The Different Types of Hollow Wall and Drywall Anchors
Wall anchors are something like insurance policies. They ensure that the wall can support whatever is intended to hang on it and other loads, regardless of how heavy the hanging is or the material the accessory is made of.
This can make selecting the right fastener something of a tricky challenge. The scope and specifics of the entire project, as well as the hanging and the wall, must be taken into consideration. The type of anchor for your project will depend on the wall material, the weight of the load being hung, and how it can be installed and removed.
Other considerations matter, too. Some anchors require special tools to install or "set." Chemical anchors shouldn't be installed in cold weather, something to keep in mind if you're working in a northern clime. Many won't work for overhead applications, and bottom-bearing anchors can't be used in holes that exceed their depth. This list of the most commonly used wall anchor types and their applications can help guide you.
Cement Board Screw Anchor
Expansion anchors, also called wedge anchors, are used with concrete, masonry, and more. They're designed to spread open once they're anchored, thus their name. This provides a stronger hold.
The three basic styles of wedge anchors are fully threaded, partially threaded, and the full-bodied wedge anchor.
Plastic expansion anchors are the most commonly used anchor type. The more heavily "ribbed" anchors will give the greatest gripping strength regardless of the wall material.
Hollow Wall Anchor
Hollow wall anchors are used for medium-duty applications. They'll normally add permanent screw threads to any material to which they're attached.
These types of anchors also expand as the screw is tightened and driven into the cavity. This anchor can be installed using a hammer or a drill and can be used with various wall thicknesses. These anchors are also sometimes known as Molly bolts, and their maximum holding load is about 50 pounds.
Plastic Hollow Wall Plug
Plastic hollow wall plug anchors require that you first drill a pilot hole. They're normally used in drywall or plaster for light-duty applications. When the screw is installed, the plug will expand and lock into place.
Threaded Drywall Anchors
This type of anchor is recommended for medium-duty applications and is very easy to install. These anchors can be plastic, nylon, or zinc-coated. One of the best advantages of this type of anchor is that it can be removed and reused at another location.
The threads cut deep into the material, providing a secure hold and pull-out resistant grip. The large threads are intended to hold firmly in drywall and will accept #6 or #8 sheet metal screws.
Toggle bolts are the traditional anchor method. This type of anchor has two parts: the toggle and the machine bolt. Toggle bolts are sized by the diameter of the screw and its length.
As the bolt becomes larger, the toggle will also increase in size, and as it gets longer, the more it can accommodate a thicker wall.
Toggles can be the preferred solution for heavy items and are available in both square and slot-drive. They require a pilot hole, and the wings that lock into place behind drywall provide strong holding power.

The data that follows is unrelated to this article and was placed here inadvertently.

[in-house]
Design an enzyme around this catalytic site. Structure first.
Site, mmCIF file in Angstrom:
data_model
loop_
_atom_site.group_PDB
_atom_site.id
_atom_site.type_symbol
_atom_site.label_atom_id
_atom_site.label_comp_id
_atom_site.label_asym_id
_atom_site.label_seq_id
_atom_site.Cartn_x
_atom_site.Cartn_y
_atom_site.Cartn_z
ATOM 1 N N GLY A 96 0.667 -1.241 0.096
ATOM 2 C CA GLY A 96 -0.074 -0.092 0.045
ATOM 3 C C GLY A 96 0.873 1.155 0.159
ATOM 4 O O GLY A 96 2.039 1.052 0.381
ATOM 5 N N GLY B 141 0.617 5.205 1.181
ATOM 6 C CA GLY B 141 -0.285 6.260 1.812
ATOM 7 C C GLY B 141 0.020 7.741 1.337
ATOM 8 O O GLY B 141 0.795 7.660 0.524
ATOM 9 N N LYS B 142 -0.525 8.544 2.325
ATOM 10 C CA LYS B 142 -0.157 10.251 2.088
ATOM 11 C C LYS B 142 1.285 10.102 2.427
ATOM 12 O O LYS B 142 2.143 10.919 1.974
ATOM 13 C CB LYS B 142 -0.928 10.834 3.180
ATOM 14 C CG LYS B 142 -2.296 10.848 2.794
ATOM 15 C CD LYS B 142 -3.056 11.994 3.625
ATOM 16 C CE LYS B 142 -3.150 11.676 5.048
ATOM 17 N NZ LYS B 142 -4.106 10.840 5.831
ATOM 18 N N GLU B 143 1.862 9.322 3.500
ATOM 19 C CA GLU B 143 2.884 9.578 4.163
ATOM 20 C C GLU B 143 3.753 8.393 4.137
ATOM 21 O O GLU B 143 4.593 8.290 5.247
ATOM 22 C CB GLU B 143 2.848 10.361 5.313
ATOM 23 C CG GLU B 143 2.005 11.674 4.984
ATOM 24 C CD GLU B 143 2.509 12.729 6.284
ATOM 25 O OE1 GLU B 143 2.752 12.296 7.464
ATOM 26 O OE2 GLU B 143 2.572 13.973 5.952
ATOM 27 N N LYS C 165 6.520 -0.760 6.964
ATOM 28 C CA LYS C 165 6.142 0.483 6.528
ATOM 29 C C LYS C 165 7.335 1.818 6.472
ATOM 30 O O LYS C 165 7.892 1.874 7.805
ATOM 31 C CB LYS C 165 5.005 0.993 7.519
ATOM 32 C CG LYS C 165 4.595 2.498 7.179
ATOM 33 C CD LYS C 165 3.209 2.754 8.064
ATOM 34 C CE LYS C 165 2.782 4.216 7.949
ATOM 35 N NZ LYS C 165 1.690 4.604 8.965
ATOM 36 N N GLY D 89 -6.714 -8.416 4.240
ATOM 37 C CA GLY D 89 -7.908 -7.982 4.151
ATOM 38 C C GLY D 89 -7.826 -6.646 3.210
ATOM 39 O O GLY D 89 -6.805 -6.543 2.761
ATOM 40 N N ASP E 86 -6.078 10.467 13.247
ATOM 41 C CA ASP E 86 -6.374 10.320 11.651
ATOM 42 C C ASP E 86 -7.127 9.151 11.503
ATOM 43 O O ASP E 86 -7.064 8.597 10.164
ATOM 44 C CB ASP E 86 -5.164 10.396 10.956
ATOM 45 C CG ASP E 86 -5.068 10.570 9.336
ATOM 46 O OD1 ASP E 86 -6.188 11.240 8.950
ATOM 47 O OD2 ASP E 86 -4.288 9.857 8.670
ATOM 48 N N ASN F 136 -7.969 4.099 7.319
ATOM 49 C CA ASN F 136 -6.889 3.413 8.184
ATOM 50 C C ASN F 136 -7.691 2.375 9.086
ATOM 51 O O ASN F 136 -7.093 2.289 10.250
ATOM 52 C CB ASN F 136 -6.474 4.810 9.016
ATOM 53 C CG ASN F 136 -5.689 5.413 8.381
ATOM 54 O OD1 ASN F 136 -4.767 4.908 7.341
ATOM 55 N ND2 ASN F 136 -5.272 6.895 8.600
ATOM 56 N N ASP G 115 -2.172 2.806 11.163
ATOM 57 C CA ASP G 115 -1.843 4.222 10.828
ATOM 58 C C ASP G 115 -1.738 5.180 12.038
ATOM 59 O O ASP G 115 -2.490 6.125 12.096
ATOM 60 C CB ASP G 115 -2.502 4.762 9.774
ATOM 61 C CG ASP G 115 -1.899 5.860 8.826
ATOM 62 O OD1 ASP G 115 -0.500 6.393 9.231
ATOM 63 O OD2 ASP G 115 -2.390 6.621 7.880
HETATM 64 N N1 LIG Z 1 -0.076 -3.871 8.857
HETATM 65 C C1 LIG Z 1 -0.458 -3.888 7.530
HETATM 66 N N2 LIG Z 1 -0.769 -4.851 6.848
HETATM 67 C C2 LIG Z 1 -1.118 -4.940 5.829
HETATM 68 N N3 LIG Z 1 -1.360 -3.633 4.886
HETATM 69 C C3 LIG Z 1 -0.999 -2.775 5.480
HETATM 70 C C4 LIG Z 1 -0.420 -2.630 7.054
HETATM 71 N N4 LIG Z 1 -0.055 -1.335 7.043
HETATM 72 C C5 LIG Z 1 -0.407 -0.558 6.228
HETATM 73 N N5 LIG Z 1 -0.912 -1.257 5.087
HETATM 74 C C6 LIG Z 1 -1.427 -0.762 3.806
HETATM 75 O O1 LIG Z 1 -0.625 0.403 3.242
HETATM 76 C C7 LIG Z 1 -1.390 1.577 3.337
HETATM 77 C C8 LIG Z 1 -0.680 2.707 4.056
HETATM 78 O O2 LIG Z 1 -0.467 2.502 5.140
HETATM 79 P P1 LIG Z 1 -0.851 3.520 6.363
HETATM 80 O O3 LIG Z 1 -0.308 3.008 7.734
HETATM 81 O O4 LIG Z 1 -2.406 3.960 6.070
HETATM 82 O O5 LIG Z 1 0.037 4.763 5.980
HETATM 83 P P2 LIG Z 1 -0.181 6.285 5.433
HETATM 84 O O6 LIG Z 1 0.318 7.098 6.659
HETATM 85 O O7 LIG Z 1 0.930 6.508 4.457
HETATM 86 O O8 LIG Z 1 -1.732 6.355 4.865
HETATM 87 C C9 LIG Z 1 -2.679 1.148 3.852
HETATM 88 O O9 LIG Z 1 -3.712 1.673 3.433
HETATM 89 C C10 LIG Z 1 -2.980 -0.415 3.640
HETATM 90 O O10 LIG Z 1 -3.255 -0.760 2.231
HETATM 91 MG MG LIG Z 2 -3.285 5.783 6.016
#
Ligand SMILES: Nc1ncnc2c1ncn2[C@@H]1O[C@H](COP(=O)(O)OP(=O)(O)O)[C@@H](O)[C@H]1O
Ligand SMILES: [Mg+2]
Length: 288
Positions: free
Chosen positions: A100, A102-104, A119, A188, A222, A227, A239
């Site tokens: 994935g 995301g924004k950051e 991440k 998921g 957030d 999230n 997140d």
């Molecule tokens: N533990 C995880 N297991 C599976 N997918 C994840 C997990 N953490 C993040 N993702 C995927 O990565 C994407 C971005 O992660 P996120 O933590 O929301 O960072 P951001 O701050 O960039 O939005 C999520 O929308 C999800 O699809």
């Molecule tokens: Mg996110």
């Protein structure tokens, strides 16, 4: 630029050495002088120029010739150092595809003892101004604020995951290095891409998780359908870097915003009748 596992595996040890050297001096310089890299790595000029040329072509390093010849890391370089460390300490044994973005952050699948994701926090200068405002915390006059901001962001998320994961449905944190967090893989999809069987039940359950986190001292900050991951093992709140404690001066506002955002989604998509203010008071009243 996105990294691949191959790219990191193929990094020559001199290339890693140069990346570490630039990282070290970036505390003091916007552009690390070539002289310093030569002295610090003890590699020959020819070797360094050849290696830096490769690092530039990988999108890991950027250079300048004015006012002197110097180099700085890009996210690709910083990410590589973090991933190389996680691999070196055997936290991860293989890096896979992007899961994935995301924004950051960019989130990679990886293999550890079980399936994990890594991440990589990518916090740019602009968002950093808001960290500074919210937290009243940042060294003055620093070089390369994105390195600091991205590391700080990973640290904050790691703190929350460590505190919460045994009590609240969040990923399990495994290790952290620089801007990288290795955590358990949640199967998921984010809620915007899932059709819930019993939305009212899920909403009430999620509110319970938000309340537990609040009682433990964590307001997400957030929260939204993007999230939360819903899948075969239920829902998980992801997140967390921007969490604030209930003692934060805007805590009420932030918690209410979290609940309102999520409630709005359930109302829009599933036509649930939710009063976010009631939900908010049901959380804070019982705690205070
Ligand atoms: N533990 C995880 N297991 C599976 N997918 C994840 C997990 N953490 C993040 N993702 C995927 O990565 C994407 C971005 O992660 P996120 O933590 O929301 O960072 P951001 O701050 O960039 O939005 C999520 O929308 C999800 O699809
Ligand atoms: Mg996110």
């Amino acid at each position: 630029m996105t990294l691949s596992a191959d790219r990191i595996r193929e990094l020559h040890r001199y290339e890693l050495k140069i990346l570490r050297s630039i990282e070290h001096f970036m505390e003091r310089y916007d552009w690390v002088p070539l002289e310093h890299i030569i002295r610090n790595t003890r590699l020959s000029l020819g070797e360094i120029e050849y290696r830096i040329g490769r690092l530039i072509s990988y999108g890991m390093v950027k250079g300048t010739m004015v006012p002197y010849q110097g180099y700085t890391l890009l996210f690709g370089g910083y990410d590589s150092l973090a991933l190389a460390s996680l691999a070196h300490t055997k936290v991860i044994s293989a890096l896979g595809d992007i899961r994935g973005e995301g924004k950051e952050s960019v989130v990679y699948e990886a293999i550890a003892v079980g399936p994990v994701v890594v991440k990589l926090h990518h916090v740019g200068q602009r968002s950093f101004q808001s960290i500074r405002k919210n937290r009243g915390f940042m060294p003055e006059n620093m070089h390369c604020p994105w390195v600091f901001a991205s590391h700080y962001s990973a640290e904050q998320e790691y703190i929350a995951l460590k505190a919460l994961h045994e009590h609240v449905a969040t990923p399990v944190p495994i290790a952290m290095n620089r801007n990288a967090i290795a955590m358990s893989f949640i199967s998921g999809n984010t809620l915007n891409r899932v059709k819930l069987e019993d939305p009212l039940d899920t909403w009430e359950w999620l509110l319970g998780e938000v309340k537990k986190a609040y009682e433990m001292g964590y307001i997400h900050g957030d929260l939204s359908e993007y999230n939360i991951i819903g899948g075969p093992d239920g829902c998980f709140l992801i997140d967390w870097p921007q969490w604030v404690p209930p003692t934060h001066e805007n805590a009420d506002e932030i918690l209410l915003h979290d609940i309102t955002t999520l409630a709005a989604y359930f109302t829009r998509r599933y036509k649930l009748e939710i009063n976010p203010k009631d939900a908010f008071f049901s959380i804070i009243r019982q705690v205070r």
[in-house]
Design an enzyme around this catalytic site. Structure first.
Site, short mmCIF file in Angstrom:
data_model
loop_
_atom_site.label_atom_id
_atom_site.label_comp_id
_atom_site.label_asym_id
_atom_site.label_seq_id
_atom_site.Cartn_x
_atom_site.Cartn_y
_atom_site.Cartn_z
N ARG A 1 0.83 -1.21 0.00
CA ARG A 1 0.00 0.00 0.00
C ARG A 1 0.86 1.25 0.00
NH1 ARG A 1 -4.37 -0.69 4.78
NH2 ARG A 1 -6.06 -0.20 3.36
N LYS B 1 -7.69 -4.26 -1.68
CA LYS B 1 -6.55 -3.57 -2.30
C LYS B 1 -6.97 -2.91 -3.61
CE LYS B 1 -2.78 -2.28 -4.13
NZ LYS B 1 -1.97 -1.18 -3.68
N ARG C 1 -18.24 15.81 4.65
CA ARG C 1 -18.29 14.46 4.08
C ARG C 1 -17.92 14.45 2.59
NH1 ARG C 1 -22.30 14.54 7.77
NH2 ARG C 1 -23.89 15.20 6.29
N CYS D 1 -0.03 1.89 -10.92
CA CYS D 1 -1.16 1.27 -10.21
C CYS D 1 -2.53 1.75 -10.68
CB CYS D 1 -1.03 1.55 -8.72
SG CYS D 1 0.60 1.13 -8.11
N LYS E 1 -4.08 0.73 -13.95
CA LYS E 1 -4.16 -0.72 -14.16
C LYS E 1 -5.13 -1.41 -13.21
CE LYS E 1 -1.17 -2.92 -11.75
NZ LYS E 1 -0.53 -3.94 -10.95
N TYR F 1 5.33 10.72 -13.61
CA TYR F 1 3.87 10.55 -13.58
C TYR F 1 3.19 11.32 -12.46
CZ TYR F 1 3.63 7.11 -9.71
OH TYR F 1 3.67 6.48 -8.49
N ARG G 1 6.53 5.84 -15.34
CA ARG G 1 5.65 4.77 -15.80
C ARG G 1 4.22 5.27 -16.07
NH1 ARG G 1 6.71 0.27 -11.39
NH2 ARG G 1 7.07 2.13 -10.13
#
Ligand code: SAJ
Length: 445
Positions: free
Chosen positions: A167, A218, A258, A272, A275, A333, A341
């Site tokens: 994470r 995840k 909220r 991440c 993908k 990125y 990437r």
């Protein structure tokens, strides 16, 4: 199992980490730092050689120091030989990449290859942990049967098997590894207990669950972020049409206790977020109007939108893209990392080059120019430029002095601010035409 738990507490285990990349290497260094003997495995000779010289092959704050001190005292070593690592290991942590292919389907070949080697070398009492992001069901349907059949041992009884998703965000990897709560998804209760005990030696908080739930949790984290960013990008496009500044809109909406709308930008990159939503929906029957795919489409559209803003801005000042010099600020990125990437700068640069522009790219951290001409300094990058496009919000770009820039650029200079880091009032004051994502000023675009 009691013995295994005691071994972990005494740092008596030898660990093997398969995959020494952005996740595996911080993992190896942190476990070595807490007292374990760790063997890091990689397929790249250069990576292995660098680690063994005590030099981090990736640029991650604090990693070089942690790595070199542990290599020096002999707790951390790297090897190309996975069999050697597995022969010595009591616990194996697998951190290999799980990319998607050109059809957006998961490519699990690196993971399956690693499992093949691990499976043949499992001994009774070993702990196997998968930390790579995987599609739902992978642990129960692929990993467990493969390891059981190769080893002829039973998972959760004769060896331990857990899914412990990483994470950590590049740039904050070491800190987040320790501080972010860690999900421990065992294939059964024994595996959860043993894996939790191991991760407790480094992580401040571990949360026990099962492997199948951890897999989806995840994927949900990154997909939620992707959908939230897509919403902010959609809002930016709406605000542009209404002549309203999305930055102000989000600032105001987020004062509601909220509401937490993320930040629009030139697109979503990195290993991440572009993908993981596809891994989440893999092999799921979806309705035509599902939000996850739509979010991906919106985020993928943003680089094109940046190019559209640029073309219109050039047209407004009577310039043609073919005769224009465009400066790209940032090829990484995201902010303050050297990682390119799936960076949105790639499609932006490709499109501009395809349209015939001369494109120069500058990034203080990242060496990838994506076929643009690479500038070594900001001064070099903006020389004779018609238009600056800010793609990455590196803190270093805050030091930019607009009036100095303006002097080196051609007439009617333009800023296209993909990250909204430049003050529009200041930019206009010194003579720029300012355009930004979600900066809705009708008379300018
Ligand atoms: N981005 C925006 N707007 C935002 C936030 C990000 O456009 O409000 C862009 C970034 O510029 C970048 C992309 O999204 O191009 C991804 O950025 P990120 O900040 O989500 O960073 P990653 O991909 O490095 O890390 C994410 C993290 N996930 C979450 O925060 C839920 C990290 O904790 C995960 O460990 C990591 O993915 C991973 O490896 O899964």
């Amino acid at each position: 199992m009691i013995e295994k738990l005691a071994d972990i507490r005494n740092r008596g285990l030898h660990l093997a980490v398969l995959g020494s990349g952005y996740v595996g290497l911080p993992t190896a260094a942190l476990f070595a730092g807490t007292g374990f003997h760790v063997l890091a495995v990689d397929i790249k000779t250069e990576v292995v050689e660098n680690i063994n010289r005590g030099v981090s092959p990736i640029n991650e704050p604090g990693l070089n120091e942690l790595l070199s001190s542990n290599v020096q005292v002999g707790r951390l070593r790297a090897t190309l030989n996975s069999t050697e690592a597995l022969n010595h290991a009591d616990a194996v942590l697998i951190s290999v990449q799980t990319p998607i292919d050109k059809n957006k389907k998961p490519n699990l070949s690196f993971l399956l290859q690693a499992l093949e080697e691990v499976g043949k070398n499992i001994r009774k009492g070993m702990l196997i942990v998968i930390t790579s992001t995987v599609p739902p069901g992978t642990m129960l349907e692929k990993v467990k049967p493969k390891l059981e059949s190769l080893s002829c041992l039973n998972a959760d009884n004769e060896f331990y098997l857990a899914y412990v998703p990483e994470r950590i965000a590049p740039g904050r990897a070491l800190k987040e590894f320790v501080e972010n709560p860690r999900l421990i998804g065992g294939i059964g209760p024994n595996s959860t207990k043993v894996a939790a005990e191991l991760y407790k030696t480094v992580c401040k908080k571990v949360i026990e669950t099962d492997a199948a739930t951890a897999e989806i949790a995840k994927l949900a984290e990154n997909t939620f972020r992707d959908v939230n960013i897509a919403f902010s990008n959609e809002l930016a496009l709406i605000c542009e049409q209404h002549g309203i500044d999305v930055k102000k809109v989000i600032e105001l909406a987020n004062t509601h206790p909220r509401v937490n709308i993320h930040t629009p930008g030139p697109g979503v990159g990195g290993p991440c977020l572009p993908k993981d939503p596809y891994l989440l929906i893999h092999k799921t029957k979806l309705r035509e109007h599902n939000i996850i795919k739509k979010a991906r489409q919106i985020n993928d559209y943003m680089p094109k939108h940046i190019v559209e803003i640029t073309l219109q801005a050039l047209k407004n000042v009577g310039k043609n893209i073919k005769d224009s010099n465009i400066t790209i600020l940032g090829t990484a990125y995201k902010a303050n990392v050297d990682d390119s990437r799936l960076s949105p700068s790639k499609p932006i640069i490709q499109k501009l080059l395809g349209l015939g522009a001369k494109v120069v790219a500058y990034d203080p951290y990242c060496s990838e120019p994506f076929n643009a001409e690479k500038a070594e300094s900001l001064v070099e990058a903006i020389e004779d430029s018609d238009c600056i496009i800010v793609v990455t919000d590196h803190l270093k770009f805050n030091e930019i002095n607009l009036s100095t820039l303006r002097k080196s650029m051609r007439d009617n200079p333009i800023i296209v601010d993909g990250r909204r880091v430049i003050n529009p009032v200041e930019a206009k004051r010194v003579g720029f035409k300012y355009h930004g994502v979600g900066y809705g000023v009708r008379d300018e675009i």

Winged Plastic Anchor
Winged plastic anchors are used for medium-duty applications and require pilot holes as well. A special tool is used to expand the wings after the anchor has been inserted. They offer twice as much strength as regular plastic expansion anchors.
A special pointed tool is supplied with the anchor to push the center of the wings out so that they properly expand inside the wall. The anchor won't function properly unless this is done, even though it might feel strong when it's screwed in.
The wings are pulled firmly against the wall after the screw is installed. Plastic anchors should be installed carefully to prevent them from being damaged. They can hold between 25 and 35 pounds each when used in drywall.
Spring anchors actually hold expansion springs to help support the weight the springs are bearing. They secure both ends of the springs, allowing for easy adjustment of the extension.
They use a standard, threaded hole and are available in at least four types depending on the manufacturer: swivel hole, fixed hole, multiple groove, and single groove.
Known for their convenience as well as ease of implementation, spring anchors do all this without being prohibitively expensive, which is always a plus.
These anchors are often used in high-traffic infrastructures, which should give you an idea of how strong they are. They serve equally as well in home improvement projects and in construction. The adhesive is typically epoxy-based, and these anchors work with rebar and both threaded and smooth dowels. They also hold up under almost any climate, moisture, or weather conditions.
Sleeve anchors work best with masonry and concrete fixtures and foundations. You must drill a hole for the anchor first, and the size of the hole should be a very close match to the size of the anchor itself. As the screw is tightened into the hole, the sleeve will expand. These anchors can typically handle heavy loads and a wide variety of hangings, from steel to wood as well as concrete.